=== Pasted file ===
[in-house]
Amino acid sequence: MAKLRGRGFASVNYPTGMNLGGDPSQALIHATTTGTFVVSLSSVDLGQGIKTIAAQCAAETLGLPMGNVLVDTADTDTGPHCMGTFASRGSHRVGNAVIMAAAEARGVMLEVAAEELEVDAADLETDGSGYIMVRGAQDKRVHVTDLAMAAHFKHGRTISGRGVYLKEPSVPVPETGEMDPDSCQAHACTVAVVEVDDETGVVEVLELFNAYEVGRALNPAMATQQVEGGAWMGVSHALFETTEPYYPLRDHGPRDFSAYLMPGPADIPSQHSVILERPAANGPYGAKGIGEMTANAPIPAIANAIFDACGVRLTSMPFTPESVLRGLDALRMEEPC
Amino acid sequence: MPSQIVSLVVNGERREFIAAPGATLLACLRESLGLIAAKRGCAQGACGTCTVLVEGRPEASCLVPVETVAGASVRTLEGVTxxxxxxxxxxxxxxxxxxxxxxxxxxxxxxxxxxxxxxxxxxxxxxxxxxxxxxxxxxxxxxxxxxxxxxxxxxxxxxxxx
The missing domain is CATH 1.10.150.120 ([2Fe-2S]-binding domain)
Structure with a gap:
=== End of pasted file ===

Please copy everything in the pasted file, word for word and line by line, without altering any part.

[in-house]
Amino acid sequence: MAKLRGRGFASVNYPTGMNLGGDPSQALIHATTTGTFVVSLSSVDLGQGIKTIAAQCAAETLGLPMGNVLVDTADTDTGPHCMGTFASRGSHRVGNAVIMAAAEARGVMLEVAAEELEVDAADLETDGSGYIMVRGAQDKRVHVTDLAMAAHFKHGRTISGRGVYLKEPSVPVPETGEMDPDSCQAHACTVAVVEVDDETGVVEVLELFNAYEVGRALNPAMATQQVEGGAWMGVSHALFETTEPYYPLRDHGPRDFSAYLMPGPADIPSQHSVILERPAANGPYGAKGIGEMTANAPIPAIANAIFDACGVRLTSMPFTPESVLRGLDALRMEEPC
Amino acid sequence: MPSQIVSLVVNGERREFIAAPGATLLACLRESLGLIAAKRGCAQGACGTCTVLVEGRPEASCLVPVETVAGASVRTLEGVTxxxxxxxxxxxxxxxxxxxxxxxxxxxxxxxxxxxxxxxxxxxxxxxxxxxxxxxxxxxxxxxxxxxxxxxxxxxxxxxxx
The missing domain is CATH 1.10.150.120 ([2Fe-2S]-binding domain)
Structure with a gap: